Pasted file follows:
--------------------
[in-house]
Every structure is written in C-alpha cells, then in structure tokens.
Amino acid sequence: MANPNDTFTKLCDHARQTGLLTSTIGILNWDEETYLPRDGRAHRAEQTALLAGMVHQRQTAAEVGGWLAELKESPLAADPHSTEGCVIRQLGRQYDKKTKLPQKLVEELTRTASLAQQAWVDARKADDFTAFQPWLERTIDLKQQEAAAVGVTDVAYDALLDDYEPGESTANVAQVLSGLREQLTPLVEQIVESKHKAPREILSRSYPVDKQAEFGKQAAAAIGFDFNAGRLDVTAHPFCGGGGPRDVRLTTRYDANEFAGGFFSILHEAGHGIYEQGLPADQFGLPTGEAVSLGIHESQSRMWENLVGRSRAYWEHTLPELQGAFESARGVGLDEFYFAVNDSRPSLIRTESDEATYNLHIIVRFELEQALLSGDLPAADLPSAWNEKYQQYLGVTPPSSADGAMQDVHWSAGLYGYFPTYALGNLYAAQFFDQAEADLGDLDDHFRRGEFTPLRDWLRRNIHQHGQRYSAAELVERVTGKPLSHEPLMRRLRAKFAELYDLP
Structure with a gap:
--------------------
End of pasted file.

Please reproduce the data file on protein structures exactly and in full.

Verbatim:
[in-house]
Every structure is written in C-alpha cells, then in structure tokens.
Amino acid sequence: MANPNDTFTKLCDHARQTGLLTSTIGILNWDEETYLPRDGRAHRAEQTALLAGMVHQRQTAAEVGGWLAELKESPLAADPHSTEGCVIRQLGRQYDKKTKLPQKLVEELTRTASLAQQAWVDARKADDFTAFQPWLERTIDLKQQEAAAVGVTDVAYDALLDDYEPGESTANVAQVLSGLREQLTPLVEQIVESKHKAPREILSRSYPVDKQAEFGKQAAAAIGFDFNAGRLDVTAHPFCGGGGPRDVRLTTRYDANEFAGGFFSILHEAGHGIYEQGLPADQFGLPTGEAVSLGIHESQSRMWENLVGRSRAYWEHTLPELQGAFESARGVGLDEFYFAVNDSRPSLIRTESDEATYNLHIIVRFELEQALLSGDLPAADLPSAWNEKYQQYLGVTPPSSADGAMQDVHWSAGLYGYFPTYALGNLYAAQFFDQAEADLGDLDDHFRRGEFTPLRDWLRRNIHQHGQRYSAAELVERVTGKPLSHEPLMRRLRAKFAELYDLP
Structure with a gap: